The visits have brought e-mails and phone calls from D.C. fans who say they now avoid going to Nats games when the Phillies are in town, and self-congratulatory gloating from Philadelphia fans about Citizens Bank Park South. And above all, they’re brought laments about Stan Kasten’s long-ago radio homage to Washington’s rivals, in which he invited those fans to fill up Nationals Park.
I hated it. You hated it. Boswell hated it. Jayson Werth hated it. And now, the people who run the Nationals are trying to make a change.
“Frankly, I was tired of seeing it,” Nats COO Andy Feffer told me this week. “Forget you, Philly. This is our park, this is our town, these are our fans, and it’s our time right now.”
Which is why, starting Friday morning at 8 a.m., the club will begin selling single-game tickets for just a single weekend series: May 4-6, against the Phillies. These tickets will remain on sale for a full month before the rest of single-game tickets go on sale. And they’ll be available only to buyers with a credit card tied to an address in Maryland, the District or Virginia.
“We’ve heard it enough, we’ve seen it enough, and I don’t like it any more than anyone else,” Feffer said. “We’re trying to build a team here, and nothing irks me personally or the people here more than to see another team’s fans — particularly Philly fans — in our ballpark, holding up signs. That’s not the way it should be. And I think we’ve got an opportunity here to do something different.”
(To register for the offer, go to nationals.com/ourpark; once your address is verified, the team will send you a one-time password to complete your purchase.)
Now, this obviously isn’t a perfect solution. There are thousands of Phillies fans who do live in the D.C. area, and won’t be affected by the restrictions on home addresses. Tickets will always find their way to the secondary market, and the series — which includes a nationally televised Sunday night game — is unlikely to sell out before March.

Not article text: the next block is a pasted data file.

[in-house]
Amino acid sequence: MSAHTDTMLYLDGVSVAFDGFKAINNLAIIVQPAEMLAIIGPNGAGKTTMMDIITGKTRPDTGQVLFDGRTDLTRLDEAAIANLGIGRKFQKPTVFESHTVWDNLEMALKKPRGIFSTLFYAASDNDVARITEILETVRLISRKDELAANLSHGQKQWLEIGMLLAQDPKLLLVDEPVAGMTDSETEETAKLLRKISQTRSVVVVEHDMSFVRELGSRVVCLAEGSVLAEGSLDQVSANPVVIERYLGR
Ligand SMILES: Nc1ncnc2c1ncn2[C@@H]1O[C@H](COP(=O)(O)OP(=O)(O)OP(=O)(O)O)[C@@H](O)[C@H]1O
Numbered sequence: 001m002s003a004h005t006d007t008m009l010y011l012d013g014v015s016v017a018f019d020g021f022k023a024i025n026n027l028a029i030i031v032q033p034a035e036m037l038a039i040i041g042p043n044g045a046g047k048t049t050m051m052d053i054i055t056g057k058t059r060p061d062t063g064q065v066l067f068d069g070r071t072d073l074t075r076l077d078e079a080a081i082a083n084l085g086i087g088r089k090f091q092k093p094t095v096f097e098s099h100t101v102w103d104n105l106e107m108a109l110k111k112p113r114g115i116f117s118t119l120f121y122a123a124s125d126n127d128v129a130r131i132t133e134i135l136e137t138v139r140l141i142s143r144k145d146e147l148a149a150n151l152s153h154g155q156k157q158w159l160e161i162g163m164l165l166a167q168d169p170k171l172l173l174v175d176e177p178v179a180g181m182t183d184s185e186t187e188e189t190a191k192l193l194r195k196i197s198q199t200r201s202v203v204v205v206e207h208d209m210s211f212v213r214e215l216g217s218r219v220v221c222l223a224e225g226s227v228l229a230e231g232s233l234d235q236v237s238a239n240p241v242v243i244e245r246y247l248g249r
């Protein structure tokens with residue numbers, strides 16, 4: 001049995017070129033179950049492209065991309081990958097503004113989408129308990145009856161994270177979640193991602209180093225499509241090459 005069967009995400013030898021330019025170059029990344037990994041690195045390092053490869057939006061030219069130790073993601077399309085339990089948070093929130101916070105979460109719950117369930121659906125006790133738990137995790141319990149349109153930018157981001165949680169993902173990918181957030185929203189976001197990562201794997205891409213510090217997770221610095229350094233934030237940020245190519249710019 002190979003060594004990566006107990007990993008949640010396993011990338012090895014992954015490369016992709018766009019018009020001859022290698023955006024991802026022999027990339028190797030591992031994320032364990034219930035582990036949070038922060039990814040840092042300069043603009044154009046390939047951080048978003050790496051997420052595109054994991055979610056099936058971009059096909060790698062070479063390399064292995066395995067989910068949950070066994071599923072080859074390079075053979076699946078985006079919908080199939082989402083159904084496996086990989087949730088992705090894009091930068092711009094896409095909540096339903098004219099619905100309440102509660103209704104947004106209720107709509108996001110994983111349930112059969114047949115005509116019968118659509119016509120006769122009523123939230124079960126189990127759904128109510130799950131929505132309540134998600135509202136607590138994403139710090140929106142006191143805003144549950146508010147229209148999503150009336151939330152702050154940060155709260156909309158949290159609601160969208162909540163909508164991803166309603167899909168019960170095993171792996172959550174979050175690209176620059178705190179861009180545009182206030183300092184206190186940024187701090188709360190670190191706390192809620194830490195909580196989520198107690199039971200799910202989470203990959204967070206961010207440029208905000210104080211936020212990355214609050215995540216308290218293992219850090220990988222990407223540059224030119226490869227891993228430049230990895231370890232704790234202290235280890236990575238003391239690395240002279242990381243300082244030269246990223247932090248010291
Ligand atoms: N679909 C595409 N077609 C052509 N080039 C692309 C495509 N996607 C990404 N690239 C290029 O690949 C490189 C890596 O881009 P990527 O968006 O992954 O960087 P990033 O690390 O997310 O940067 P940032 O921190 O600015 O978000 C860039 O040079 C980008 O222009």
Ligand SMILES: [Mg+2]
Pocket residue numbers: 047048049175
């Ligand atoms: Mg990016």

Still, for all of us who have hammered the team for its embrace of rival fans, this is no small gesture, which is why I’ll be happy to buy some tickets of my own to this series. And you should, too. Yes, I’ll drop my cynicism and advocate for what’s good and noble in the world.
“We’ve got some other things planned for the Phillies,” Feffer also said. “Don’t expect their buses to be hanging out and dropping off their fans right around the ballpark here. I’m gonna stick ‘em across the river if I can, make ‘em swim across.”
This was a joke, of course. And neither he nor I would like you to be overtly rude to any out-of-town visitors who find their way inside.
“Seriously, for those fans who do come, we treat all guests with respect and courtesy,” Feffer said. “But look, we’re not gonna make it easy for group sales, for buses coming from Philly. I will not make it easy for those guys to buy tickets or get into this ballpark. Once they’re here, obviously we treat all our guests as patrons, with respect.”
I did wonder whether making this effort public could backfire. Whether asking Nats fans to lock Phillies fans out and suggesting out-of-towners “have a cheesesteak and watch it on TV,” as Feffer joked, would just encourage them to make an extra effort to find tickets.
“Look, this is what a rivalry’s about,” Feffer said. “The Phillies and Nationals should be that rivalry that people get fired up about, and that’s ok. I want Phillies fans to acknowledge that we’re a legitimate contender and that we’re for real. And you know what? If Phillies fans are a little bit irked, that means they’re paying attention.”
So buy some tickets for that first weekend of May, good citizens of D.C. Take advantage of your local credit card. Back your local baseball team up.
“There’s a huge fan base here, and they’re excitable, and they’re ready,” Feffer said. “What we really hope is that by creating and igniting a rivalry here, it’ll be just as raucous here as they get up in Philly, and that we’ll own our own ballpark.”
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